Soil carbon analysis in the Antarctic Peninsula.
Rios, Roxanne*,1, Klopatek, Jeffrey1, 1 Arizona State University, Tempe, Az
ABSTRACT- The Antarctic Peninsula has experienced significant warming over the last few decades, with a MAT increase of 2°C since 1945. The warming has resulted in the receding of glaciers, exposing new areas to potential plant colonization and subsequent soil development. Increases in temperature can enhance carbon sequestration through plant establishment and productivity, but may also increase decomposition of existing carbon stores. This research examined soils underlying simple plant communities near Palmer Station, a U.S. research facility, located on the Antarctic Peninsula. Plant communities were composed of Dechampsia antarctica (Antarctic hair grass), Colobanthus quitensis (pearlwart), and assorted bryophytes. After an initial visit to the site (Biscoe Point), we proposed three hypotheses that were tested through sampling soils and analyzing them for carbon, nitrogen, and 15N. First, we hypothesized the soils would be poorly developed with low organic matter, given the climate and scarcity of flora. Second, that seabirds were the dominant source of soil nitrogen for the plant communities. And third, that the presence of only Antarctic hair grass in old penguin rookeries was due to a difference in soil N, with the grass species having a selective advantage over the pearlwart. Although plant community development was very patchy, some areas showed significant peat accumulation and soil profile development, discounting the first hypothesis. All soils sampled showed significant enrichment of 15N indicating that seabirds were the source of N. However, compared to temperate soils, these soils showed a pattern reversal in concentration, with 15N levels greater in the upper layers of the soil profile. There were no significant differences in C, N, or 15N concentrations of the soils in the old rookeries or the uninhabited plant communities, indicating some other reason, perhaps disturbance, for the absence of pearlwart. Finally, laboratory analyses of the soils showed the majority of soil C to be in the active and slow pools, indicating a potential loss with an increase in temperature.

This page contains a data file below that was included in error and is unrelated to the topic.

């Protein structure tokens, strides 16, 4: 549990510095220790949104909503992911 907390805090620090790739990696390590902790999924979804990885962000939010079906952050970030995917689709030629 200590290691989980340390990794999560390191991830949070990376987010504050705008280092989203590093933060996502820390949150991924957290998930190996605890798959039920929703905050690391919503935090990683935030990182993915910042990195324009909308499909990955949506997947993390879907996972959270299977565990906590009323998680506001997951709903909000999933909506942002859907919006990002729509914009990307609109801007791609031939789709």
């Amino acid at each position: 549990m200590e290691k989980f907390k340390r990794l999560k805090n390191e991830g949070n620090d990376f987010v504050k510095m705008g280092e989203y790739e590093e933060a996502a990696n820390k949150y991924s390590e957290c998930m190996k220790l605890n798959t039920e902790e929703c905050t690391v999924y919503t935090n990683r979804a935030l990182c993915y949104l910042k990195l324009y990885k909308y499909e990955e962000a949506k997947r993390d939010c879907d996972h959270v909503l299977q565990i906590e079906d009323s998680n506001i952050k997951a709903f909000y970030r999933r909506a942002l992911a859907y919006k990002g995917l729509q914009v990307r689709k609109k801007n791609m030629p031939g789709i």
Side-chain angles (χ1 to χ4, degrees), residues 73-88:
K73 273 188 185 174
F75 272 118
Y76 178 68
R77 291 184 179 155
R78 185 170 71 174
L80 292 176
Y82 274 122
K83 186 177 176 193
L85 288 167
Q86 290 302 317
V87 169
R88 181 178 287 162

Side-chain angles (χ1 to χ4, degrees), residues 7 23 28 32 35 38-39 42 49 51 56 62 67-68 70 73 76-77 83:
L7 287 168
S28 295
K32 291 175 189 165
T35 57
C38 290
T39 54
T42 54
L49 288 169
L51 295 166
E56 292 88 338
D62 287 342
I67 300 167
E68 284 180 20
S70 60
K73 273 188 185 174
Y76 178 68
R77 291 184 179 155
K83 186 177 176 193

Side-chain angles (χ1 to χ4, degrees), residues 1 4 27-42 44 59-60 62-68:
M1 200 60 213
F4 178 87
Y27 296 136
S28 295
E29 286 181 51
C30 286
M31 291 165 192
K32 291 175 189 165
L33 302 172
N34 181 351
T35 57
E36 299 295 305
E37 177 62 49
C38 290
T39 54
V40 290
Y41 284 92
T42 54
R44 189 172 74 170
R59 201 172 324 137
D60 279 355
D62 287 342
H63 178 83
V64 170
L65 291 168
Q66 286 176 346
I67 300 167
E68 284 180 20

Key words: soil ecology, soil carbon and nitrogen, Antarctic Peninsula
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